I have a bunch of curves $f(x)$, and I have a parameter $\lambda$ that rescales $x$, such that $x \rightarrow x' = g(x, \lambda)$. I find the value of $\lambda$ that collapses all the curves on top of each other in a window of $x'$ values. After I do the minimization, I need an uncertainty in the parameter $\lambda^*$ which minimizes the variance of the curves, but I'm not really sure how to do so.

In more detail: I find $\lambda^*$ numerically by minimizing the variance in the curves $f(g(x, \lambda))$ for all $x'$ in the window. More explicitly, I minimize $\int_{window} dx' \, variance[f_i(x')]$, so I look at the spread of all curves for each $x'$ in the window.

As for getting the uncertainty, here is what I was thinking. The minimization routine I'm using (L-BFGS-B in python's Scipy package) gives me an estimate of the jacobian. I thought the uncertainty might be estimated as $\sigma_\lambda = \sqrt{\sigma_{x'}^2 H^{-1}}$, where $\sigma_{x'}^2$ is the integral of the variance in all my curves over $x'$ (ie this would be the value of the minimization function itself for $\lambda=\lambda^*$), and I could approximate the Hessian $H$ as the square of the numerical estimate of the Jacobian given by the routine ($H \approx J^T J = j_\lambda^2$). Is this correct? I am open to using other python tools if it is advantageous.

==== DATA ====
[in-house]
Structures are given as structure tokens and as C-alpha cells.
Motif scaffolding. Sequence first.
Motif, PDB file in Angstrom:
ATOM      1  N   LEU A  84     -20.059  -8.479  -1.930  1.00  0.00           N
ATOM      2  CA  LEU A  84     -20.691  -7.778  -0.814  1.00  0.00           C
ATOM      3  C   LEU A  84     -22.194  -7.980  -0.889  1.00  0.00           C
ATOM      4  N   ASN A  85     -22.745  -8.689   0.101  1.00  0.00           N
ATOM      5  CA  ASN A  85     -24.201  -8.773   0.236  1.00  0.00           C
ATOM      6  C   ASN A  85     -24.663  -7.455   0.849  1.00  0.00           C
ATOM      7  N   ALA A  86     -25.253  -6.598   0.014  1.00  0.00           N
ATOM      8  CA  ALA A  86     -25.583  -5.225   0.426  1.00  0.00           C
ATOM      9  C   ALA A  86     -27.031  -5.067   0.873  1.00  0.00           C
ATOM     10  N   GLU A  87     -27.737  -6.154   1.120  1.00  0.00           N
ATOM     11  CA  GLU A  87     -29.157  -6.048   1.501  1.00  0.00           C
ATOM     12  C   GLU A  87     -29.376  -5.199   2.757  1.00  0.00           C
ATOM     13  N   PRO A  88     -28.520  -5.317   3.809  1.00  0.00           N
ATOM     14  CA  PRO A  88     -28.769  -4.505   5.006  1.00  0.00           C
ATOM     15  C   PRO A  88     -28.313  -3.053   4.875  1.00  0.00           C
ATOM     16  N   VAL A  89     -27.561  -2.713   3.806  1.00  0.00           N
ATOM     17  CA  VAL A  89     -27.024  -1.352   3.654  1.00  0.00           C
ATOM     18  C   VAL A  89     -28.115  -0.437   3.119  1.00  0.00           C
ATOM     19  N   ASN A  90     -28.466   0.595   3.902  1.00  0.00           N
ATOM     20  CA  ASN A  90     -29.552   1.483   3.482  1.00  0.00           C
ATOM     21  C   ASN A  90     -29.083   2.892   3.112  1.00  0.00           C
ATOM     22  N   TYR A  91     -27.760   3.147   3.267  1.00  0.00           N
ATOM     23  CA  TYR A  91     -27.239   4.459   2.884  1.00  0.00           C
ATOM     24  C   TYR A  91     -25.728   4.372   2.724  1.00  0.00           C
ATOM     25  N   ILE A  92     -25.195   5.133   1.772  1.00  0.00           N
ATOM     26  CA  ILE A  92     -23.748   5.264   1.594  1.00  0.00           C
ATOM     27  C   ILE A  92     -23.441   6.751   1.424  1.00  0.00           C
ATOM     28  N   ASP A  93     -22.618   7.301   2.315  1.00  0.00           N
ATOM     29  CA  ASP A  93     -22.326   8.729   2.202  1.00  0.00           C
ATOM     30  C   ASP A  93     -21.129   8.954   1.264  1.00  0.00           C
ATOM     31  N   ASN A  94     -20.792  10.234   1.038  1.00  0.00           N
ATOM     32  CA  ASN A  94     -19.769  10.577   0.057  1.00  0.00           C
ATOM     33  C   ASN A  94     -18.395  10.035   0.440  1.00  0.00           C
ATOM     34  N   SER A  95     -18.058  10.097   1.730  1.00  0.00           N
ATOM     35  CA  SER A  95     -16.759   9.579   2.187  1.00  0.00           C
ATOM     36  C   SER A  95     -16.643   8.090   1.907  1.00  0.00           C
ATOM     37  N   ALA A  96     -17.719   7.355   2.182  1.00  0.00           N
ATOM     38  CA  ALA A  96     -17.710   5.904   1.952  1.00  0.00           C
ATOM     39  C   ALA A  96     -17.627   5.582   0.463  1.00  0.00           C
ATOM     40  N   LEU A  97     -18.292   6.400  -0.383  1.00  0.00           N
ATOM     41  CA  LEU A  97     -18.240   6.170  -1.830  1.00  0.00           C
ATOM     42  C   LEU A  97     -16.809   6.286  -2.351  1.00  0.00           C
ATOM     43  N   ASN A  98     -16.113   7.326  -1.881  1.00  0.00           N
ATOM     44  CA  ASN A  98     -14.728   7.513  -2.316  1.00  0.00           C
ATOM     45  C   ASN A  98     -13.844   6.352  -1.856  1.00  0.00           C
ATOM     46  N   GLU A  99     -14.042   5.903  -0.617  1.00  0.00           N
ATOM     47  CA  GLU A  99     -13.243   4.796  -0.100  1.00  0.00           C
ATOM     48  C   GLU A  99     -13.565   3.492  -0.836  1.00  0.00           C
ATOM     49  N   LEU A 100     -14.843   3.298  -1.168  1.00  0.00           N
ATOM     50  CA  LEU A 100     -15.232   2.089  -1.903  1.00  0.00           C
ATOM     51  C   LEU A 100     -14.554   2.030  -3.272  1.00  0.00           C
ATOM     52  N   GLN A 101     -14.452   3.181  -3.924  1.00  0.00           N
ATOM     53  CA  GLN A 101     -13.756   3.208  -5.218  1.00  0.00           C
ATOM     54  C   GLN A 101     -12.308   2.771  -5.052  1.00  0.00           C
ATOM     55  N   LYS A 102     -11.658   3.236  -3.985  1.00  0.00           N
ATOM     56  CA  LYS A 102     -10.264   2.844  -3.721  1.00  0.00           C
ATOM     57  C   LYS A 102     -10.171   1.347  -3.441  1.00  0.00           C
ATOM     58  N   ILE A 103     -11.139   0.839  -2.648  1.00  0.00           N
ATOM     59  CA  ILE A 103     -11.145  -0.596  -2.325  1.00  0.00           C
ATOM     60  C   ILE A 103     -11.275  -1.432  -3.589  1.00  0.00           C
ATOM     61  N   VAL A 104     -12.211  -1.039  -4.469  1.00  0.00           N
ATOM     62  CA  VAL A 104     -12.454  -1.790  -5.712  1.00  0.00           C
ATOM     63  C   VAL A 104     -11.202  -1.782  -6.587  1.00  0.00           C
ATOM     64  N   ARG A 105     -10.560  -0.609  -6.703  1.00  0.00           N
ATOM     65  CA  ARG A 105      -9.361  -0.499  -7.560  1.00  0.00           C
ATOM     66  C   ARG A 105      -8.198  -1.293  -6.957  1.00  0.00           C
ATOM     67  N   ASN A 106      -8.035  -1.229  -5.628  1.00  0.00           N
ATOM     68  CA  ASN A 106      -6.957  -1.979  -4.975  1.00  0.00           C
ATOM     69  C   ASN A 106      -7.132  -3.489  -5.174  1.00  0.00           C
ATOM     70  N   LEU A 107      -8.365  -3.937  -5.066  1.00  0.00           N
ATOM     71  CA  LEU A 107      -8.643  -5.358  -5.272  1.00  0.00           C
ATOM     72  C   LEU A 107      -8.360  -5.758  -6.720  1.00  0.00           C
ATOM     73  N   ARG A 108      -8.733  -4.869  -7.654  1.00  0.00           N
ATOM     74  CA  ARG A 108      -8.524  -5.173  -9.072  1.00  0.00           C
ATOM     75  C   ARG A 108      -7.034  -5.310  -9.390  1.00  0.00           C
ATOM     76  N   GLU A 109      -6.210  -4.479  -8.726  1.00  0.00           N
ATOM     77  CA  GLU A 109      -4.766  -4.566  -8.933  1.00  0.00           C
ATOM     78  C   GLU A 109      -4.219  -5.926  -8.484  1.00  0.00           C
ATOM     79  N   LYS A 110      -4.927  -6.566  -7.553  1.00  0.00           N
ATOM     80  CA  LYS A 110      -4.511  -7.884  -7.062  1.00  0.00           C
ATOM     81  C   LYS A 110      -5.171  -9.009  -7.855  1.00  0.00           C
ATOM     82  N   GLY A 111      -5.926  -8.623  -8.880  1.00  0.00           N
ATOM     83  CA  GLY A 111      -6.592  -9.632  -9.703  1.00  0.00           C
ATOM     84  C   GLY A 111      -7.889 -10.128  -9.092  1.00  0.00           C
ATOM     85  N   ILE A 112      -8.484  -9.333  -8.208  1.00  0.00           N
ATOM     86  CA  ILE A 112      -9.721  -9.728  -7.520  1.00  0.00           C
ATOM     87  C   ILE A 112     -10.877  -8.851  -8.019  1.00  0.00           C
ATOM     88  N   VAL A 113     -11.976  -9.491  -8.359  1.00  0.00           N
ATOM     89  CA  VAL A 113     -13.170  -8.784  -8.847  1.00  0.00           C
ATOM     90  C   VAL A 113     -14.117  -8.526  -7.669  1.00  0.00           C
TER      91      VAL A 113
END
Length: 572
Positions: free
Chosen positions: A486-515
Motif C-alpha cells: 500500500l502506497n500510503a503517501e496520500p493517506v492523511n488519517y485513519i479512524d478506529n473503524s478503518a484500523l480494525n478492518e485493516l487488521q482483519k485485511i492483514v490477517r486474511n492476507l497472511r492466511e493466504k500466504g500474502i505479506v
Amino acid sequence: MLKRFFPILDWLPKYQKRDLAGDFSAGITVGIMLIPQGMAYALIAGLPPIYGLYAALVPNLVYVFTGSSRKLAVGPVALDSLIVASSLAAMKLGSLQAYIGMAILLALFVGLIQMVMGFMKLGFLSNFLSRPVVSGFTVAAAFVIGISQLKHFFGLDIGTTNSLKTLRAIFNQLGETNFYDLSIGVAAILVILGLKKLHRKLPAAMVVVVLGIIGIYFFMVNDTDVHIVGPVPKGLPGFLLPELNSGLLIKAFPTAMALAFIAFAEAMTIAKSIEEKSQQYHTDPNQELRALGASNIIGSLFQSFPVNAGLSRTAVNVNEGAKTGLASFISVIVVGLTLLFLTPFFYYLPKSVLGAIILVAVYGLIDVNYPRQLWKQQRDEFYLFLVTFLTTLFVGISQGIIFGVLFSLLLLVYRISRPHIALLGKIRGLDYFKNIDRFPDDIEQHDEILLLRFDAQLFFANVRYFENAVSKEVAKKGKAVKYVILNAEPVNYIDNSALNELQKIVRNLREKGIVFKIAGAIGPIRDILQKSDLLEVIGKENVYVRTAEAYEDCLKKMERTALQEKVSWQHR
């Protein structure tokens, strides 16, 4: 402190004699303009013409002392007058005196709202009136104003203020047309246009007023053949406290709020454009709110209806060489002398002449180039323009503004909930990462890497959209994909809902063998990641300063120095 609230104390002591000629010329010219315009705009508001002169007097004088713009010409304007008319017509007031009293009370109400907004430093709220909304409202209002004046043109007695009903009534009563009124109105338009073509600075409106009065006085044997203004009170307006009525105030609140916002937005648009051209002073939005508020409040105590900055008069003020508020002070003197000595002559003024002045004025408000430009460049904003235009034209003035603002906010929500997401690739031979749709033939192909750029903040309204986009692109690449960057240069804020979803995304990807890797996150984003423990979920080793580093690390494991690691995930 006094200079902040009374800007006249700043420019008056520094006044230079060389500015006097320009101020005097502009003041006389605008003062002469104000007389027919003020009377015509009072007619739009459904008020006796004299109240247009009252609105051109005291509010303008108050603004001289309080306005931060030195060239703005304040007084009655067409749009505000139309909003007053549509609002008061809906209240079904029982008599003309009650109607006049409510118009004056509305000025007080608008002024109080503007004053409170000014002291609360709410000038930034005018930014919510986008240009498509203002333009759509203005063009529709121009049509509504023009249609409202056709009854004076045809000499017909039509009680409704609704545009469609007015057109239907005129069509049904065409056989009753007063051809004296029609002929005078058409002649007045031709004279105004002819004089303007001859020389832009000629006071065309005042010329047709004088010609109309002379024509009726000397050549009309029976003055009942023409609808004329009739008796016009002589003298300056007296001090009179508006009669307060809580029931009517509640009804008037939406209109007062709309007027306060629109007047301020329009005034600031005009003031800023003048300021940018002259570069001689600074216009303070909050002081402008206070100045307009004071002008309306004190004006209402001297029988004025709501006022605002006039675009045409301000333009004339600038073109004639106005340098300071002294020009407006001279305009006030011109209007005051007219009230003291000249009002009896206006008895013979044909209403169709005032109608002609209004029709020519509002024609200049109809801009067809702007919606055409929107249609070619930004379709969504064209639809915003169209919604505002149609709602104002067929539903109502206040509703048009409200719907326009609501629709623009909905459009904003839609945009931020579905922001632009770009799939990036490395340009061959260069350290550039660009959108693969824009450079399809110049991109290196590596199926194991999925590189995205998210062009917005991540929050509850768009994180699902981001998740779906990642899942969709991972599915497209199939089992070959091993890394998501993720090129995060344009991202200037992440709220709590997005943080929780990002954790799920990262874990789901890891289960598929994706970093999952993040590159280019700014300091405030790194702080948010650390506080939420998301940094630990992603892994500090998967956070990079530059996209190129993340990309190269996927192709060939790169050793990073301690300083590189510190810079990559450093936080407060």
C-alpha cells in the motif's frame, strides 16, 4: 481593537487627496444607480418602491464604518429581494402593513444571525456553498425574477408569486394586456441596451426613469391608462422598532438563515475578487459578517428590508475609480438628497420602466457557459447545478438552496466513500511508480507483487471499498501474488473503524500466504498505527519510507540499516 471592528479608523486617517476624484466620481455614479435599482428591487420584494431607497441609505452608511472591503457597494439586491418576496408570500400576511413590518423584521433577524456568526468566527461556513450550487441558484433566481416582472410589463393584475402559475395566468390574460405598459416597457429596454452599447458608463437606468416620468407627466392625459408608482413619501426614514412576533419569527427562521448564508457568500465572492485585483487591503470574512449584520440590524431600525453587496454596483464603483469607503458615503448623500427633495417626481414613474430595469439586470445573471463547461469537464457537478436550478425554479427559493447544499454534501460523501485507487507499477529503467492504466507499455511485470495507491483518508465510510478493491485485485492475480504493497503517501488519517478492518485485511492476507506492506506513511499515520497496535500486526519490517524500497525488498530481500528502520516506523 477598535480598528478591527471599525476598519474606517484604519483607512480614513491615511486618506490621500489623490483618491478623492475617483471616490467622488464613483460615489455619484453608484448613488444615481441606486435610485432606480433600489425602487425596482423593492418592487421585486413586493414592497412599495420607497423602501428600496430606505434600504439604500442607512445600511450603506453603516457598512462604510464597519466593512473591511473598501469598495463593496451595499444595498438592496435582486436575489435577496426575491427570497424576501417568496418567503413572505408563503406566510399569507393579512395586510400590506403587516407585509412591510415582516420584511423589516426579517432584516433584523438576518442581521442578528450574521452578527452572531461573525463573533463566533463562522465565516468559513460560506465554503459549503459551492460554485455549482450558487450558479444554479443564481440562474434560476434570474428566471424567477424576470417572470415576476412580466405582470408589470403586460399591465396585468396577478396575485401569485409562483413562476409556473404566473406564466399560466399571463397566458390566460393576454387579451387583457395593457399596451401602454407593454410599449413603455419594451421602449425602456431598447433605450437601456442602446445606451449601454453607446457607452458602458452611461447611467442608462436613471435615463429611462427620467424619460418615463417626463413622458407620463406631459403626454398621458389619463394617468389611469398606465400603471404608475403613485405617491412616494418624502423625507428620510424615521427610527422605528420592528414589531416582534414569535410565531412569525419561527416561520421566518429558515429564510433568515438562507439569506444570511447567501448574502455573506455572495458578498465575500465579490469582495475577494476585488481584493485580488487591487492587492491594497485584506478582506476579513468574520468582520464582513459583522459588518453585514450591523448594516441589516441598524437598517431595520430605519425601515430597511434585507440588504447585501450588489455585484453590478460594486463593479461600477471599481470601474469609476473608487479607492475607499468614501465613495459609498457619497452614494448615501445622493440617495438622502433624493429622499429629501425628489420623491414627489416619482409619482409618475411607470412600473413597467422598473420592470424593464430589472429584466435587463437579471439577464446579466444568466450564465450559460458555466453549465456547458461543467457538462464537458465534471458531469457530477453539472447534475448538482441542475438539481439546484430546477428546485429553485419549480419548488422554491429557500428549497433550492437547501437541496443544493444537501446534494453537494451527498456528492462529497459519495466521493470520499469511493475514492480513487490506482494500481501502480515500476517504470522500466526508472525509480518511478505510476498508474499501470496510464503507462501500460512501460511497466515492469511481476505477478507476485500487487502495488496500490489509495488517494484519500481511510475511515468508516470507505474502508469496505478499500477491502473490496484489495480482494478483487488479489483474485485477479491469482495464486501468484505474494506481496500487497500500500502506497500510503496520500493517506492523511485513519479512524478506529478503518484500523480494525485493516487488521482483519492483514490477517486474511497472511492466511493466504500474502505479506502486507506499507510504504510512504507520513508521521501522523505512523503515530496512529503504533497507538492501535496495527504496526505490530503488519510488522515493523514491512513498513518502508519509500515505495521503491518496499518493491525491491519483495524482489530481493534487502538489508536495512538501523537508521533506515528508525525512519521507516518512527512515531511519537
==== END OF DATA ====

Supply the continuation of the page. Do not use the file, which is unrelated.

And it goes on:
Clearly this old question didn't get much attention, but my solution was to do the optimization, then evaluate the sum of residuals with values nearby the optimal values explicitly. This will give a parabola near the minimum. Measuring the curvature of that parabola, $b$, results in an uncertainty of $2/b$ (see Bevington & Robinson, Data Reduction and Error Analysis, equation 8.11).


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